Thanks again y'all! I am enjoying that it is in fact, a cool piece for others to see.



                  Hi Ken.

                  Very likely it would sell for well over $1,000, perhaps 2K or more. Definitely not $500.



                    Hi Ken

                    You could build some interface electronics and drive the existing incandescent lamps and retain the current wiring, preserving the value of the panel. Happy to chat with you about what is required. IBM used roughly 7VAC to light the lamps, through an SCR for each lamp position and triggered by either +3V or 0V through a resistor in the range of 6.8K. Lamp test, which lights all bulbs simultaneously, is accomplished by delivering +3V to the lamp test line.



                      I don't have money for it - but in my opinion - You shouldn't try to make it looking like Art, modern LED/LCD monitor, or just pimp by paint. It is worth more in original look. The only(in my opinion) reasonable thing is to make something like IBM 360 interface for emulator, and preserve as much as possible. This is quite rare, these computers were very costly at time of the production, and probably most people with even small interest in "big" computers would like to have it in collection, if they have money, and space.


                        Should you decide to donate it, this museum in Endicott NY, the original home of IBM, would no doubt be very happy to have it on display. They have a number of significant IBM computers and is the present home of the original IBM museum which was located here in Endicott, when they once employed 15,000 i 4 plants in the area. Volunteers there have restored a number of machines, including a 360/30.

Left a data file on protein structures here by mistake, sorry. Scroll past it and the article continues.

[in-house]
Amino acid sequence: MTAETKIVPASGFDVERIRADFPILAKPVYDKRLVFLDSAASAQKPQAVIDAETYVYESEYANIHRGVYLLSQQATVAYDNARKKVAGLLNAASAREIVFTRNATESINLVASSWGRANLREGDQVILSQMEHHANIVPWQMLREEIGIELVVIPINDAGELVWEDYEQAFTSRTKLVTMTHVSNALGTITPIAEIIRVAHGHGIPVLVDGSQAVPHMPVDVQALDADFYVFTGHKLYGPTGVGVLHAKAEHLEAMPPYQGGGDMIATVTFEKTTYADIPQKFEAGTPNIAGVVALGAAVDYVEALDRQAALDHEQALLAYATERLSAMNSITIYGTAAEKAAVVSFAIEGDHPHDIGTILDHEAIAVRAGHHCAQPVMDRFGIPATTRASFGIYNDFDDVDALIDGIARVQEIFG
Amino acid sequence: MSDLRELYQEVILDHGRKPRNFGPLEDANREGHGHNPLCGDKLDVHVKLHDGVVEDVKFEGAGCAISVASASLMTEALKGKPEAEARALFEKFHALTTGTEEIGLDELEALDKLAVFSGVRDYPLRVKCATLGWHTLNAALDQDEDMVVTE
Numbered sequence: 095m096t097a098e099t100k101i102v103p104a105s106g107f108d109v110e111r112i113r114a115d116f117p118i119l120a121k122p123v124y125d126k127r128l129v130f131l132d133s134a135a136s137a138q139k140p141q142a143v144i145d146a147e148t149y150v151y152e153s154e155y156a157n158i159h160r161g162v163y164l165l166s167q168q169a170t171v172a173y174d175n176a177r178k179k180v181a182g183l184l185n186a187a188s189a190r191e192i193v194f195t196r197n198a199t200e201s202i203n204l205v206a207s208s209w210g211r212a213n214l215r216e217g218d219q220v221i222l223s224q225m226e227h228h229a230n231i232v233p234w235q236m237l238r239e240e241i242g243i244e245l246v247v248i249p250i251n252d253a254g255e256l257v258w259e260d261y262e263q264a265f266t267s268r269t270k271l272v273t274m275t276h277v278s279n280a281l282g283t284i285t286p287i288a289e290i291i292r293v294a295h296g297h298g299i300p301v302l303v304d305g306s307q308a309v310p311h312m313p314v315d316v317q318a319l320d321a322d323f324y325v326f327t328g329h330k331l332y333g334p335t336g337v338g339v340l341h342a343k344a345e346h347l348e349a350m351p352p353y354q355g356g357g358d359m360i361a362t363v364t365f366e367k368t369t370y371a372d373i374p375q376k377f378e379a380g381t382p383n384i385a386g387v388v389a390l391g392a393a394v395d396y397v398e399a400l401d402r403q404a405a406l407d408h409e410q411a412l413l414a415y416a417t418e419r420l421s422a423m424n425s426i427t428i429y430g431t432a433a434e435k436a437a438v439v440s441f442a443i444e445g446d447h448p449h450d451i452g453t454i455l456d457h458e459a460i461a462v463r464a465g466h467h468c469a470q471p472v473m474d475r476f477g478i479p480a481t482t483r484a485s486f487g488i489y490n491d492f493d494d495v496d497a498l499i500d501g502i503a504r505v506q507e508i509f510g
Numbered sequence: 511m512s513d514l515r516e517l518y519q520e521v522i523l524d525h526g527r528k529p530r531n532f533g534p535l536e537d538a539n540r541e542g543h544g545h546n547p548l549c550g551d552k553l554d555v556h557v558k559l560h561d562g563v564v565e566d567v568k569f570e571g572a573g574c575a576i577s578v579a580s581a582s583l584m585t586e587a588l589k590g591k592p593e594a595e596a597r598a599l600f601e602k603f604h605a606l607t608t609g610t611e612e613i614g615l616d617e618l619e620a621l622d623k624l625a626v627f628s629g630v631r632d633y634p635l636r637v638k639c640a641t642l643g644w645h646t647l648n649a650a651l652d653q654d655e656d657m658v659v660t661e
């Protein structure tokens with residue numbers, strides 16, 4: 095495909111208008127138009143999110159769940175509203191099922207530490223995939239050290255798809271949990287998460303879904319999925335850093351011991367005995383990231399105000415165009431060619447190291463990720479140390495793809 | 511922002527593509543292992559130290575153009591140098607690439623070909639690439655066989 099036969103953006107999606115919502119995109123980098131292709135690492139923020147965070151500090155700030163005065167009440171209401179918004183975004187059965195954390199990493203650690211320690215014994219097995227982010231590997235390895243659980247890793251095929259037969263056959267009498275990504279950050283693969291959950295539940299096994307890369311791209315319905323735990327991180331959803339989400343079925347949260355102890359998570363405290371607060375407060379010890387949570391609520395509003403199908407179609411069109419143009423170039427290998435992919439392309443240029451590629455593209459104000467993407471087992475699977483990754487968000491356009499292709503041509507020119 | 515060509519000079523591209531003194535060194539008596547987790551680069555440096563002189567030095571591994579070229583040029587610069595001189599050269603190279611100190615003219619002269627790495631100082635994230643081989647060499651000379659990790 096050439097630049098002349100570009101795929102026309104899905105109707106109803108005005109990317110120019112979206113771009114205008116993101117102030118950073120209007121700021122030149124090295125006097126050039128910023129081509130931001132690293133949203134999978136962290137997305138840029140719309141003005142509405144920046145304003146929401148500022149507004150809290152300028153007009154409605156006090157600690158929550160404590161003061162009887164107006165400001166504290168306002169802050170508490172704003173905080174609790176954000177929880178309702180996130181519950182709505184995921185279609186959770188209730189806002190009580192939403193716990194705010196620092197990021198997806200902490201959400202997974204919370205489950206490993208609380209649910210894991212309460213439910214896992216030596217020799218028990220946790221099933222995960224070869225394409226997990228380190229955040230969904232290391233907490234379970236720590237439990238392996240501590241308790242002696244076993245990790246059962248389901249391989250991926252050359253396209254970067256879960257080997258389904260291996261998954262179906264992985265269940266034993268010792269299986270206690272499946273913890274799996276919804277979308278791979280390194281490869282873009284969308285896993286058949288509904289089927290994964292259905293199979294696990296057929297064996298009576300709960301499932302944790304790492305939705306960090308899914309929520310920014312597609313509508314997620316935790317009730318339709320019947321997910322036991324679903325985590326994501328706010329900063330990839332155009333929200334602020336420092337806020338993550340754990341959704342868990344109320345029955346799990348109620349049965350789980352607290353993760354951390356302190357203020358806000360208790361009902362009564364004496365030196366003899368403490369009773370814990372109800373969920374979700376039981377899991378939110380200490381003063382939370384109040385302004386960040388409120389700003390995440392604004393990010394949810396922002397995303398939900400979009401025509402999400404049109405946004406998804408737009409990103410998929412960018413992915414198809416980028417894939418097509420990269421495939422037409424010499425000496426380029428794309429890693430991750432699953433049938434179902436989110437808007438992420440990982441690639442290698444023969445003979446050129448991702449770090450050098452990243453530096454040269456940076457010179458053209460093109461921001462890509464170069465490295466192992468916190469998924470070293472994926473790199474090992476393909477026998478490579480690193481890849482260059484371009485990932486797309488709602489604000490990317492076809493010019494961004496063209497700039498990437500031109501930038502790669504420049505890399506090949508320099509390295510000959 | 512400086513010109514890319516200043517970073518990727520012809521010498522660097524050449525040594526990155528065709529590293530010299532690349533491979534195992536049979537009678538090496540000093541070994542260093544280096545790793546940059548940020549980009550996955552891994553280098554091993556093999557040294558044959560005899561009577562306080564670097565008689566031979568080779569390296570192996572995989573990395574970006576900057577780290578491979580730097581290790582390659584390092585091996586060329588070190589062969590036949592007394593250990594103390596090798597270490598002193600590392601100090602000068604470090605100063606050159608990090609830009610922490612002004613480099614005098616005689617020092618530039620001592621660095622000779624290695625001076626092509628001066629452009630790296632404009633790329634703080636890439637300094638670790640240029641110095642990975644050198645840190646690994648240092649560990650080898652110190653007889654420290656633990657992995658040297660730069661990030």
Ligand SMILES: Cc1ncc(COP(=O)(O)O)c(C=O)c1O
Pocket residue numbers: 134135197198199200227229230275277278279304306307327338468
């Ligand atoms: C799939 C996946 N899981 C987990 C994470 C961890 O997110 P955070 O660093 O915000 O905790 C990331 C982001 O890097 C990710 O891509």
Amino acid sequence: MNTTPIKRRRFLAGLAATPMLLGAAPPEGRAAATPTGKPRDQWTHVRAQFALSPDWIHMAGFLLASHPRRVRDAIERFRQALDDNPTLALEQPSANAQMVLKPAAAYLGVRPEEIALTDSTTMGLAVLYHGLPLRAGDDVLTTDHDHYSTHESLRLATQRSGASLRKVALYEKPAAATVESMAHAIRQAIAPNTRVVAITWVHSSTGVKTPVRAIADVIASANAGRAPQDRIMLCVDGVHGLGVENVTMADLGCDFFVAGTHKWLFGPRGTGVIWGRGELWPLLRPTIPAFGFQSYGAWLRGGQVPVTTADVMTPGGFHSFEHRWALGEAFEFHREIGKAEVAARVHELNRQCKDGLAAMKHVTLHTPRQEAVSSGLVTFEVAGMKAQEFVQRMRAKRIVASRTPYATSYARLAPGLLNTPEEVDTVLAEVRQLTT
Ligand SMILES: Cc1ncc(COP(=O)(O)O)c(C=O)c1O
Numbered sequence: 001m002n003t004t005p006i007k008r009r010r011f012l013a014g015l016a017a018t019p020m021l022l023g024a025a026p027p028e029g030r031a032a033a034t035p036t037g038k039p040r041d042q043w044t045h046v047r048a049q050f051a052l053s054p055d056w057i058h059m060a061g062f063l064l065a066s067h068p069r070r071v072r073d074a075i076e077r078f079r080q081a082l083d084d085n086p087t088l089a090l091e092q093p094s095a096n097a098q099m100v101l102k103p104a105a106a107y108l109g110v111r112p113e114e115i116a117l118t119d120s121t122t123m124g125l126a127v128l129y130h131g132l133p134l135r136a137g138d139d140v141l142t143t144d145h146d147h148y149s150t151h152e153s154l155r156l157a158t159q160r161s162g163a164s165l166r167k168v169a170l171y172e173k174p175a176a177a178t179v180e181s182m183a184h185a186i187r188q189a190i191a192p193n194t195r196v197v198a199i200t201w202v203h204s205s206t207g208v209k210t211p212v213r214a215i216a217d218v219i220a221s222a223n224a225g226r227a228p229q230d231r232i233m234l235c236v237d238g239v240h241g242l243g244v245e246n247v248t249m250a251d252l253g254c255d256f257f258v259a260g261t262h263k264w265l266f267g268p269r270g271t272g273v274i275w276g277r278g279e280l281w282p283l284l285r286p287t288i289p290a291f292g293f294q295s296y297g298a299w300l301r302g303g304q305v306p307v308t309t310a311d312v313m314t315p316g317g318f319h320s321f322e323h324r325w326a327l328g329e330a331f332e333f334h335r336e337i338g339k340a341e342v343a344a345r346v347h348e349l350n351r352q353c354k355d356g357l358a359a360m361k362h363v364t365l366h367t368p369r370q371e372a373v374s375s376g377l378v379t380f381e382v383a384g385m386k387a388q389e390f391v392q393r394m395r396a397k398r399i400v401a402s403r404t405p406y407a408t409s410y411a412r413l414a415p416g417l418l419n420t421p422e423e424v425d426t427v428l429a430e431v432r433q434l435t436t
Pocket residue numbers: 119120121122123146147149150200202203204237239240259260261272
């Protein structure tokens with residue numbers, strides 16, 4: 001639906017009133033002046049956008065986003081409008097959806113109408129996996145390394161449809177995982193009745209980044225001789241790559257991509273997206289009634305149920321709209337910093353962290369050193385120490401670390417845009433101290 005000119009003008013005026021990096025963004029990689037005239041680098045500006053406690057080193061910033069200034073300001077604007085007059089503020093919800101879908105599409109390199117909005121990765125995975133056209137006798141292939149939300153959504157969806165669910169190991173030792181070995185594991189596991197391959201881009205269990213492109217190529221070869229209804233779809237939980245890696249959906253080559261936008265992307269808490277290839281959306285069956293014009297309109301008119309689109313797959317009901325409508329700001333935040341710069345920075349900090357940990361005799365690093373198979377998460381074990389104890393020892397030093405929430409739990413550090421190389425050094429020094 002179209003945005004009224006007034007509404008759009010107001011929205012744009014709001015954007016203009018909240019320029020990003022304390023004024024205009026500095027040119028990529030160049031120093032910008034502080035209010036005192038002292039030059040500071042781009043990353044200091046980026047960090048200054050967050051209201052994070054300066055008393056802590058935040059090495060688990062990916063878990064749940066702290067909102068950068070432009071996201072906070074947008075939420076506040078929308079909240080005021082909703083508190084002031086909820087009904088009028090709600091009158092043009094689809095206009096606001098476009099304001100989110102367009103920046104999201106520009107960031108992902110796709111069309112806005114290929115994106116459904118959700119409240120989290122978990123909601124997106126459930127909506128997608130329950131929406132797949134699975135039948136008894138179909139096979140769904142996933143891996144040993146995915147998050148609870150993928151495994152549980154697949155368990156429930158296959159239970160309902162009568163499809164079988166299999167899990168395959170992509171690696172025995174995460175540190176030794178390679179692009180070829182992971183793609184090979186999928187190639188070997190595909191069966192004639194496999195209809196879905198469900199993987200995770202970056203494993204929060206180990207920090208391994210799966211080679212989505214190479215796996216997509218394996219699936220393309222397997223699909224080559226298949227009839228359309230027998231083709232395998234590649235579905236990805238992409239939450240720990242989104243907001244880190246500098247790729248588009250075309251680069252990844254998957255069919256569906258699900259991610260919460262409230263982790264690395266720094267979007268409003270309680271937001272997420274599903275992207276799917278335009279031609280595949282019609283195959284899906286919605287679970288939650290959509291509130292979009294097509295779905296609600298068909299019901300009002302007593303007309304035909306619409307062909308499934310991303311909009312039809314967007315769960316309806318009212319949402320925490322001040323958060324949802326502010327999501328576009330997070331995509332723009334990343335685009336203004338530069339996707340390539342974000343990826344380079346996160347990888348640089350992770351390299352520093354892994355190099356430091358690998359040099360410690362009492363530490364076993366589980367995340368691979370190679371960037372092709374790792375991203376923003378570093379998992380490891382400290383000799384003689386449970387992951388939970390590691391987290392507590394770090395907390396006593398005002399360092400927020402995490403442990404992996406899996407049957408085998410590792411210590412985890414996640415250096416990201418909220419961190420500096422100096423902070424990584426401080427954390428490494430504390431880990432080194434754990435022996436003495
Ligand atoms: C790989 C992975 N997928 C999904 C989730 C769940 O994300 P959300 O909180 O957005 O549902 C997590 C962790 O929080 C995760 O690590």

Wow, that's an amazing piece of history you have there! Personally, I wouldn't even consider selling that for less than $5000 and it could be worth more than that to the right buyer. This is an extremely rare item.
                          Last edited by Exceter; June 20, 2021, 06:45 PM.
                          Once upon a time, the internet sucked because it came through the phone. Now the phone sucks because it comes through the internet.


                            Super feedback from all! As an update- The panel is tucked away for now and I think I'll leave it as it stands. We're in no rush to sell but may leverage it in the future if my MIL decides that any money generated is better than keeping it stored away. I think we would all feel great if it goes to the right, new home at some point.

                            Thanks again for super feedback and advice!


                              That note next to the emergency pull is hilarious!